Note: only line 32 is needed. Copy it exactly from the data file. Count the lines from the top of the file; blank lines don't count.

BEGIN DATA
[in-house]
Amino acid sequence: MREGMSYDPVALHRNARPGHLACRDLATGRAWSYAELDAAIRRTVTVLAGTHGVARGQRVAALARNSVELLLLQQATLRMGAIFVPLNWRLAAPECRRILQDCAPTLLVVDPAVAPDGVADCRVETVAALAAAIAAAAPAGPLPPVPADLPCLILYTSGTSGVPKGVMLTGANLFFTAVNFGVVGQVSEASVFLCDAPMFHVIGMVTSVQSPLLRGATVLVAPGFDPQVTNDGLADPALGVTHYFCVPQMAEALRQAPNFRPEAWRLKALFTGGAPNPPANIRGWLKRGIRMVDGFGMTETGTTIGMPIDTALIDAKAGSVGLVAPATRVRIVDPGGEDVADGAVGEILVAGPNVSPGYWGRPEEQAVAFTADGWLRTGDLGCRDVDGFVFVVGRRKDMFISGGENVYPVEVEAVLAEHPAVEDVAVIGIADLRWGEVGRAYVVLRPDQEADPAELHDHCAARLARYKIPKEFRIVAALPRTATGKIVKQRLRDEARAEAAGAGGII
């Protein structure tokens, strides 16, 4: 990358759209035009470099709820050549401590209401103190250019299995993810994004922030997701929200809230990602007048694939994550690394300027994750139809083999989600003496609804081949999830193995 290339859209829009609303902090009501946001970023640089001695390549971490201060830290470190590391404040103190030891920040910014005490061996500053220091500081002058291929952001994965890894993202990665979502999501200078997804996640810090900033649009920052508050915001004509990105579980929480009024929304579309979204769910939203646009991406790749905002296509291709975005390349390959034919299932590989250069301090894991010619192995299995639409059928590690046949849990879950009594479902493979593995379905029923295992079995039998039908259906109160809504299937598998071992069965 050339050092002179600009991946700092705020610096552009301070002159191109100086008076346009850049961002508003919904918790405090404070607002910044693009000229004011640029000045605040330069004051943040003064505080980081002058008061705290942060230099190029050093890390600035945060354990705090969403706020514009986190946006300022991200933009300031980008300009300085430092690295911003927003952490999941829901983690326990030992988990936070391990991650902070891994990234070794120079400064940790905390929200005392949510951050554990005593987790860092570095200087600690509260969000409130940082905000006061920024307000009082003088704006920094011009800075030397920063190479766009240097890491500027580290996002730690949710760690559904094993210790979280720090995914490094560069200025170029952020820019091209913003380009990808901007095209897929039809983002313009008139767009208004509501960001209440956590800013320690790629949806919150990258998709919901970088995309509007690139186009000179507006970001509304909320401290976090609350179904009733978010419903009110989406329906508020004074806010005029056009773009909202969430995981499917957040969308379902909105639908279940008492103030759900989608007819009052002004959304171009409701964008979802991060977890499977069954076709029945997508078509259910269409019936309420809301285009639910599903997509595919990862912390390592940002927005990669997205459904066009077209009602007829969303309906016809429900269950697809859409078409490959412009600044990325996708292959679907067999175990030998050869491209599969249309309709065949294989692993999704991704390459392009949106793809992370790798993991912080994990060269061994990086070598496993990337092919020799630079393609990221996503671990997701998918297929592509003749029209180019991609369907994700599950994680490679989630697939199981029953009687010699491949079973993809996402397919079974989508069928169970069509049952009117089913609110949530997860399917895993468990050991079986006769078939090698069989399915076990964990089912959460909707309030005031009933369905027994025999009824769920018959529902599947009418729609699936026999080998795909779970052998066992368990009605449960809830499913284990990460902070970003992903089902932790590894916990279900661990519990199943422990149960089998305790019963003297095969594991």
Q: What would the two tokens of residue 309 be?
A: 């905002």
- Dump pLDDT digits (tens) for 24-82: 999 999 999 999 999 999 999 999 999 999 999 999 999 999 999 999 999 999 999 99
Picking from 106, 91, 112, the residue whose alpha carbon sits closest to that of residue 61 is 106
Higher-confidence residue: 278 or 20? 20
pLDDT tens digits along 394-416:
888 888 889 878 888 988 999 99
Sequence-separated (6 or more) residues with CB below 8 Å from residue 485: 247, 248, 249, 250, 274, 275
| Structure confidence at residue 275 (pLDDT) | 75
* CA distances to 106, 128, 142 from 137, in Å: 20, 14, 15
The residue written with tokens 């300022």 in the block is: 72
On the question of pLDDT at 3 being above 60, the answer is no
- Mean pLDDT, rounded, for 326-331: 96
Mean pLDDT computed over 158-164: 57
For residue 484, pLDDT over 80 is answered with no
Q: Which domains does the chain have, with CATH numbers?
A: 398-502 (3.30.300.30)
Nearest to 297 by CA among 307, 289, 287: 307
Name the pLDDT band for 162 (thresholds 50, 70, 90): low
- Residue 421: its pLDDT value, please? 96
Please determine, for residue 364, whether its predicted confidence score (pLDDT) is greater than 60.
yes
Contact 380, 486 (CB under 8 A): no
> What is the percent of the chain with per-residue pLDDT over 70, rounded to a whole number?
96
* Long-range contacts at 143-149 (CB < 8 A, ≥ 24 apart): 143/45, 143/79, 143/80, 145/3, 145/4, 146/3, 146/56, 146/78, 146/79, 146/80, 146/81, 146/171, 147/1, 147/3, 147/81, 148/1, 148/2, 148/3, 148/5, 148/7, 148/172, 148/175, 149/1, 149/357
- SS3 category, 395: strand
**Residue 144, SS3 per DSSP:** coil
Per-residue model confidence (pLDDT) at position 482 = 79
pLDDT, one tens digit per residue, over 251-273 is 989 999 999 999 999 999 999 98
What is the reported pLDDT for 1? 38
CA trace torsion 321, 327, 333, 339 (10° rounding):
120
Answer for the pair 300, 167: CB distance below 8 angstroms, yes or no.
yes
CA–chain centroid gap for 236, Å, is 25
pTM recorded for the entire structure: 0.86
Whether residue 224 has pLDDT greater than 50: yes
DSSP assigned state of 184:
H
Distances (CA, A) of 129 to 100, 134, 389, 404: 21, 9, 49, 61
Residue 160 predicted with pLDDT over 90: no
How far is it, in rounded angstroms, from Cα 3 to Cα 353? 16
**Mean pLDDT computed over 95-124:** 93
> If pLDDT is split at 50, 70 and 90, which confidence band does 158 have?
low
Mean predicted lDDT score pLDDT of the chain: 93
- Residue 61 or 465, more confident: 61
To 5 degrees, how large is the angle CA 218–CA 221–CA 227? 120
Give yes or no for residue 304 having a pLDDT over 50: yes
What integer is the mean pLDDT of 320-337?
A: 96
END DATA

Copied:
Per-residue model confidence (pLDDT) at position 482 = 79